Tar sands extraction projects are moving forward with increasing pace. The industry ambition is to grow production from today’s level an extraordinary 140 percent by 2025.
The World Bank Group is experiencing clear difficulties in synching its core lending and its energy strategy with climate goals, and the institution has taken steps that can easily be viewed as creating a conflict of interest. Given these difficulties and contradictions, the institution should focus on cleaning up its own act before making further forays into climate finance initiatives.
The Joint Select Committee on Deficit Reduction, also called the “supercommittee,” must vote by November 23rd on a plan that would reduce the deficit by at least $1.5 trillion. Ending taxpayer subsidies to oil, gas, and coal companies has been suggested by Democratic leaders in Congress and many organizations as something for the chopping block
Keystone XL will not lessen U.S. dependence on foreign oil, but rather transport Canadian oil to American refineries for export to overseas markets.
A dual focus on increasing access to energy services for the world’s poorest and promoting clean sources of energy is a win-win scenario for development and the environment.
Our research found that at least four of the top six IOCs have significantly relied on tar sands reserves additions to support RRR rates in the past five years. As a percentage of total liquids additions, tar sands represents between 26% and 71% of reserves additions for these four companies.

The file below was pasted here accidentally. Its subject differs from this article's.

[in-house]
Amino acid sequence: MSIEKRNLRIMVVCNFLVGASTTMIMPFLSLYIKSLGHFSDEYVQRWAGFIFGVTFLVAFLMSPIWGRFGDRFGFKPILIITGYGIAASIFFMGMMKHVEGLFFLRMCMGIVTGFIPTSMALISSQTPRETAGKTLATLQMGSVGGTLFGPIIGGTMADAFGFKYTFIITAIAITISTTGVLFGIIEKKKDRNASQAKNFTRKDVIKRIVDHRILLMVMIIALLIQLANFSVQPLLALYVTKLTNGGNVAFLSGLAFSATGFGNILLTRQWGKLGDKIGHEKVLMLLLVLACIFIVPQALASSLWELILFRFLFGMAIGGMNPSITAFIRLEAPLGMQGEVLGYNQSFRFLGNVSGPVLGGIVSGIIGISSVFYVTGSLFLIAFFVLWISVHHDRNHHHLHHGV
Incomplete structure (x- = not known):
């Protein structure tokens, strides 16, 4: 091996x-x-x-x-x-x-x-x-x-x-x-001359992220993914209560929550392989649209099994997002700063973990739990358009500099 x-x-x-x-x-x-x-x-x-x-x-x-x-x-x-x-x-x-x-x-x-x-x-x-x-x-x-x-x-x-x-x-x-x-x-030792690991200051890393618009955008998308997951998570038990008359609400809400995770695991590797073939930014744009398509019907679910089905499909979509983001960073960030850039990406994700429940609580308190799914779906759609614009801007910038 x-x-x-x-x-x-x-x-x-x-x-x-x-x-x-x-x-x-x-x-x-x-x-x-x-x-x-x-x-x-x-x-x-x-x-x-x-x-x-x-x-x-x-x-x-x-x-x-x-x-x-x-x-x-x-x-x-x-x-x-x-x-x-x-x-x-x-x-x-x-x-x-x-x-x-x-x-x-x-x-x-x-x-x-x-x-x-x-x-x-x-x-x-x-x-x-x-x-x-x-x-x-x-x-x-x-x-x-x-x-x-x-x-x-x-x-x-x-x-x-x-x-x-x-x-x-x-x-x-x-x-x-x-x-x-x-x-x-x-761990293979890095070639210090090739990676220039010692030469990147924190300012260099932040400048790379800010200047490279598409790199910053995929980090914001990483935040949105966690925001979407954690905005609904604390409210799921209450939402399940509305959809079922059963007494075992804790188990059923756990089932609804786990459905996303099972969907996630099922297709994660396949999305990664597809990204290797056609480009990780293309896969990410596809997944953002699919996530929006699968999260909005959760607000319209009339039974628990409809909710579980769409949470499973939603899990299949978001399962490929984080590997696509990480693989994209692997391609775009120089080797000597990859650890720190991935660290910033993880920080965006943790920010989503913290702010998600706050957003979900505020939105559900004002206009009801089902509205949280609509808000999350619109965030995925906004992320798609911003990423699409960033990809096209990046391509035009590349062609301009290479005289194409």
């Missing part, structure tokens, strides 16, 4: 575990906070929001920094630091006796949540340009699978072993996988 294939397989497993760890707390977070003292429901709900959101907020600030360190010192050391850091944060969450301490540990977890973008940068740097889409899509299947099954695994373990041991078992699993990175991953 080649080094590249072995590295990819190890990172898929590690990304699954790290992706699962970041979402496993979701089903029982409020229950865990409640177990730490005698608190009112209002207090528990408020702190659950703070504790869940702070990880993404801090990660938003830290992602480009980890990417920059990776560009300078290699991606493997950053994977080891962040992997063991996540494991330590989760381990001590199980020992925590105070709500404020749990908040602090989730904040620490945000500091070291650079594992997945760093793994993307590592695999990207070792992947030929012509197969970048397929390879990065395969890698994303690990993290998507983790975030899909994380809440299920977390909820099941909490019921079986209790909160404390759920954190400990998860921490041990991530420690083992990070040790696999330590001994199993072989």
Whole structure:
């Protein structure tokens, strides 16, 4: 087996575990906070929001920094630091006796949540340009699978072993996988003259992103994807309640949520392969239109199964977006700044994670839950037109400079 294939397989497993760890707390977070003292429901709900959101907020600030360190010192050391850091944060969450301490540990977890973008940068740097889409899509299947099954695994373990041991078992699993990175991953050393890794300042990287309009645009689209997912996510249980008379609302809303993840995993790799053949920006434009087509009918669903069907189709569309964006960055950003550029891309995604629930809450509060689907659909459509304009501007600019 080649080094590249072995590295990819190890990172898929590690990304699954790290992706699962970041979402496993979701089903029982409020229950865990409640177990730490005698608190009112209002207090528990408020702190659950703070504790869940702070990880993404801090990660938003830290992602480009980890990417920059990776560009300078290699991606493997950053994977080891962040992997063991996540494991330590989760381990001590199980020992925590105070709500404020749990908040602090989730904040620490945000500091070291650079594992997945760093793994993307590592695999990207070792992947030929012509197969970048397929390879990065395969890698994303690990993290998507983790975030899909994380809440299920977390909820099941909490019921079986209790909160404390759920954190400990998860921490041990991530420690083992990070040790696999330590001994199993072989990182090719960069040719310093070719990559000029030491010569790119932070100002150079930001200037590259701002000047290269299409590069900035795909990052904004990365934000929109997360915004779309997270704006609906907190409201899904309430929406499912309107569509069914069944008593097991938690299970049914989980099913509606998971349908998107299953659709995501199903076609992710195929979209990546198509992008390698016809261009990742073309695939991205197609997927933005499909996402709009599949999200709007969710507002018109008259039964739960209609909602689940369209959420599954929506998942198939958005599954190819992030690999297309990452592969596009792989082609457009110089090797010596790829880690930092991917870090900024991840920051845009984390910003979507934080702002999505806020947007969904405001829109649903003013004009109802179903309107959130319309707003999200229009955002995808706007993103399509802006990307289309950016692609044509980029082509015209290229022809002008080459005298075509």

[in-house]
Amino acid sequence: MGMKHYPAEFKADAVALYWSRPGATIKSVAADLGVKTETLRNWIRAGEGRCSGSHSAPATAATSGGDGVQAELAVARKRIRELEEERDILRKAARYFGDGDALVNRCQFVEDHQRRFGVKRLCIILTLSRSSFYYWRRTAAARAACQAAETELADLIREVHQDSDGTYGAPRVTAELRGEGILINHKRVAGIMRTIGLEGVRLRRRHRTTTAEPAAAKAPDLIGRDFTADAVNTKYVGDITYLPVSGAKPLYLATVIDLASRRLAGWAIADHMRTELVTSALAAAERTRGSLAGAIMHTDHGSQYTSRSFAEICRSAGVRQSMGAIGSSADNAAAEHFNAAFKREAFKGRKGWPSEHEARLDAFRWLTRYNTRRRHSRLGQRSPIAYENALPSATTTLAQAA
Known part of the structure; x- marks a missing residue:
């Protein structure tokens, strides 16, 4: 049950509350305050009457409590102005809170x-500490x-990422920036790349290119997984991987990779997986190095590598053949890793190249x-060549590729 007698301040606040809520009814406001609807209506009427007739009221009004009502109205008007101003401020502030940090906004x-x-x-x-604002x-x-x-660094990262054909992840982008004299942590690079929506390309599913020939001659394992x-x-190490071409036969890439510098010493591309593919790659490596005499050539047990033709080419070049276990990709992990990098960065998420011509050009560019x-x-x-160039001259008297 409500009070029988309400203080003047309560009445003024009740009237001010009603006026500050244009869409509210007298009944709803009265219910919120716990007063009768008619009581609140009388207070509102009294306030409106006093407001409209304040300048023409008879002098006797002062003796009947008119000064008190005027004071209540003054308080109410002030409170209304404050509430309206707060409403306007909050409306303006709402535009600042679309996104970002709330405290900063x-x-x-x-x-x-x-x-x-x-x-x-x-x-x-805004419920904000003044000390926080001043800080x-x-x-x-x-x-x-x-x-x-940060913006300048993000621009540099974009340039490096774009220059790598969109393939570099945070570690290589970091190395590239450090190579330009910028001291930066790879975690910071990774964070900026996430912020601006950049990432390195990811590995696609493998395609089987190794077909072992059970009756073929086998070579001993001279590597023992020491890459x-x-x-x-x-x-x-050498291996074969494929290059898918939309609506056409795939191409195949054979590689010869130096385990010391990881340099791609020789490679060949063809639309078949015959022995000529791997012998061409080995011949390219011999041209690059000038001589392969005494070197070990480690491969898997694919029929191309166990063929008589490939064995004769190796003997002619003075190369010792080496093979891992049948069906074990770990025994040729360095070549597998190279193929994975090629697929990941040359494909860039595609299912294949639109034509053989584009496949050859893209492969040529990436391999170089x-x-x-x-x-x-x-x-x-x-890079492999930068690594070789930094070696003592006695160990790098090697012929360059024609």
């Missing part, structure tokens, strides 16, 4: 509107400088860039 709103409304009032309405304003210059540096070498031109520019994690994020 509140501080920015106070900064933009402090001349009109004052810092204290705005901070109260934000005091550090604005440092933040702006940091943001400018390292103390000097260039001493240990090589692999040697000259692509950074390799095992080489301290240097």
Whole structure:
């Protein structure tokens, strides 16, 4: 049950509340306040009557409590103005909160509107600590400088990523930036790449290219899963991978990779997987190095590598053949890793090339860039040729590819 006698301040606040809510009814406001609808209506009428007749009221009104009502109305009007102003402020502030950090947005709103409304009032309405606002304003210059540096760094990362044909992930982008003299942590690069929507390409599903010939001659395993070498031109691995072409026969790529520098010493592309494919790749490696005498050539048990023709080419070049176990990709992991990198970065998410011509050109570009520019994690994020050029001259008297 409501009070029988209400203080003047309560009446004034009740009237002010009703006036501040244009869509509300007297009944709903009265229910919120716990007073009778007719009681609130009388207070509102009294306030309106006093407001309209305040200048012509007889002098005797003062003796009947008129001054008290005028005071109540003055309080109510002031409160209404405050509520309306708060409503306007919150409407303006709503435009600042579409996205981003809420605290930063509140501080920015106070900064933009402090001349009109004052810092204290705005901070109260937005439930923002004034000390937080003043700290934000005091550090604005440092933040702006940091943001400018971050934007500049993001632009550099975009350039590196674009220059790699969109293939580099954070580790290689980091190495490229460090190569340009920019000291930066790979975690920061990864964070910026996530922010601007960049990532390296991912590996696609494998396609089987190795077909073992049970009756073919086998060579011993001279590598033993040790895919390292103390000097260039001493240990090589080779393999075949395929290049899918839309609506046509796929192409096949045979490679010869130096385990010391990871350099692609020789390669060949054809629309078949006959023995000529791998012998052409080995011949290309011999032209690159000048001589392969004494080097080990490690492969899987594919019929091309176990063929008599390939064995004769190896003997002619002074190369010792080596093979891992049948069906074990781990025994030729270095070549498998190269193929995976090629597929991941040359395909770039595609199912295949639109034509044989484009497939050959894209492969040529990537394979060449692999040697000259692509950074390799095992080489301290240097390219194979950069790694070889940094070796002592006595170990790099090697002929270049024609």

This study finds that none of the World Bank Group’s fossil fuel finance directly targets the poor or ensures that energy benefits are reaching the poor.
This report reveals that petroleum products containing tar sands crude oil have been regularly entering the EU’s petroleum supply chain for some time, primarily through imports of diesel from the US Gulf Coast. If the proposed Keystone XL pipeline is built, bringing tar sands from Alberta to Gulf Coast refineries, the amount of tar … Read More
This new research paper rates the carbon intensity of the top international oil companies, revealing that Shell is now the most carbon intensive oil company in the world based on its total resources.
The World Bank’s new three-year Strategic Framework on Development and Climate Change makes a strong case for urgent action on global warming, but the Bank’s increased lending for fossil fuels in the past year suggests limiting climate change is far from a priority.